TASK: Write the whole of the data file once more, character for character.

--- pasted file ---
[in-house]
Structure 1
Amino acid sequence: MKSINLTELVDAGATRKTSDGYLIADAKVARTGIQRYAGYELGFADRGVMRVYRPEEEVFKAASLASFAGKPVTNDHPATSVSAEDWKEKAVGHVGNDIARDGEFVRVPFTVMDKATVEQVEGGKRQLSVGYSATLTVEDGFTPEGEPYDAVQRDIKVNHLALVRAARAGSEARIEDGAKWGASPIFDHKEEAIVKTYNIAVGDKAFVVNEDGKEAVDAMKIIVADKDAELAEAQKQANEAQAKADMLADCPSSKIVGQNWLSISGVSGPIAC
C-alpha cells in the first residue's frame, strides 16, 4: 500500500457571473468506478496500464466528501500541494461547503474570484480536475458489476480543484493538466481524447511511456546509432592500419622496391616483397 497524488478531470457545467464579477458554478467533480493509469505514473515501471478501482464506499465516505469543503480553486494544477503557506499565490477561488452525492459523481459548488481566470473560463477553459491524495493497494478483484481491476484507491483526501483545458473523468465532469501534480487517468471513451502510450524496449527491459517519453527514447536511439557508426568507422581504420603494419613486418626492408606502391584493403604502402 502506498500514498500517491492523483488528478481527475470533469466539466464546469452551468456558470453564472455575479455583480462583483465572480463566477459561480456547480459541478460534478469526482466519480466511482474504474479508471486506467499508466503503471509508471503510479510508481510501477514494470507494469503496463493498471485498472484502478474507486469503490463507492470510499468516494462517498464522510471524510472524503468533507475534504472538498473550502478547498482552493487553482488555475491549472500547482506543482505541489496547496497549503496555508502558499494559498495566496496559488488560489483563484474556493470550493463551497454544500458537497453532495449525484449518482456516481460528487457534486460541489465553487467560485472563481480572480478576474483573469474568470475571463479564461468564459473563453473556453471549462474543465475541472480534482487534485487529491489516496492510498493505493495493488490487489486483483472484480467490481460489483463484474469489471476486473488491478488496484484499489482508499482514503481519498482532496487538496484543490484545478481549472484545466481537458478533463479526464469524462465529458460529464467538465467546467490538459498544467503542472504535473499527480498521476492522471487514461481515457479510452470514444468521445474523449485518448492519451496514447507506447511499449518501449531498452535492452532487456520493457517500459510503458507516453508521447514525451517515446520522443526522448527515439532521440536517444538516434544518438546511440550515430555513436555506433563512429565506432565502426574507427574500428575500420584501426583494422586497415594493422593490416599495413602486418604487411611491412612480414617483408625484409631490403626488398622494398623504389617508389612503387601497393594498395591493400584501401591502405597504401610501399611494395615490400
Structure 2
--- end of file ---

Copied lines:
[in-house]
Structure 1
Amino acid sequence: MKSINLTELVDAGATRKTSDGYLIADAKVARTGIQRYAGYELGFADRGVMRVYRPEEEVFKAASLASFAGKPVTNDHPATSVSAEDWKEKAVGHVGNDIARDGEFVRVPFTVMDKATVEQVEGGKRQLSVGYSATLTVEDGFTPEGEPYDAVQRDIKVNHLALVRAARAGSEARIEDGAKWGASPIFDHKEEAIVKTYNIAVGDKAFVVNEDGKEAVDAMKIIVADKDAELAEAQKQANEAQAKADMLADCPSSKIVGQNWLSISGVSGPIAC
C-alpha cells in the first residue's frame, strides 16, 4: 500500500457571473468506478496500464466528501500541494461547503474570484480536475458489476480543484493538466481524447511511456546509432592500419622496391616483397 497524488478531470457545467464579477458554478467533480493509469505514473515501471478501482464506499465516505469543503480553486494544477503557506499565490477561488452525492459523481459548488481566470473560463477553459491524495493497494478483484481491476484507491483526501483545458473523468465532469501534480487517468471513451502510450524496449527491459517519453527514447536511439557508426568507422581504420603494419613486418626492408606502391584493403604502402 502506498500514498500517491492523483488528478481527475470533469466539466464546469452551468456558470453564472455575479455583480462583483465572480463566477459561480456547480459541478460534478469526482466519480466511482474504474479508471486506467499508466503503471509508471503510479510508481510501477514494470507494469503496463493498471485498472484502478474507486469503490463507492470510499468516494462517498464522510471524510472524503468533507475534504472538498473550502478547498482552493487553482488555475491549472500547482506543482505541489496547496497549503496555508502558499494559498495566496496559488488560489483563484474556493470550493463551497454544500458537497453532495449525484449518482456516481460528487457534486460541489465553487467560485472563481480572480478576474483573469474568470475571463479564461468564459473563453473556453471549462474543465475541472480534482487534485487529491489516496492510498493505493495493488490487489486483483472484480467490481460489483463484474469489471476486473488491478488496484484499489482508499482514503481519498482532496487538496484543490484545478481549472484545466481537458478533463479526464469524462465529458460529464467538465467546467490538459498544467503542472504535473499527480498521476492522471487514461481515457479510452470514444468521445474523449485518448492519451496514447507506447511499449518501449531498452535492452532487456520493457517500459510503458507516453508521447514525451517515446520522443526522448527515439532521440536517444538516434544518438546511440550515430555513436555506433563512429565506432565502426574507427574500428575500420584501426583494422586497415594493422593490416599495413602486418604487411611491412612480414617483408625484409631490403626488398622494398623504389617508389612503387601497393594498395591493400584501401591502405597504401610501399611494395615490400
Structure 2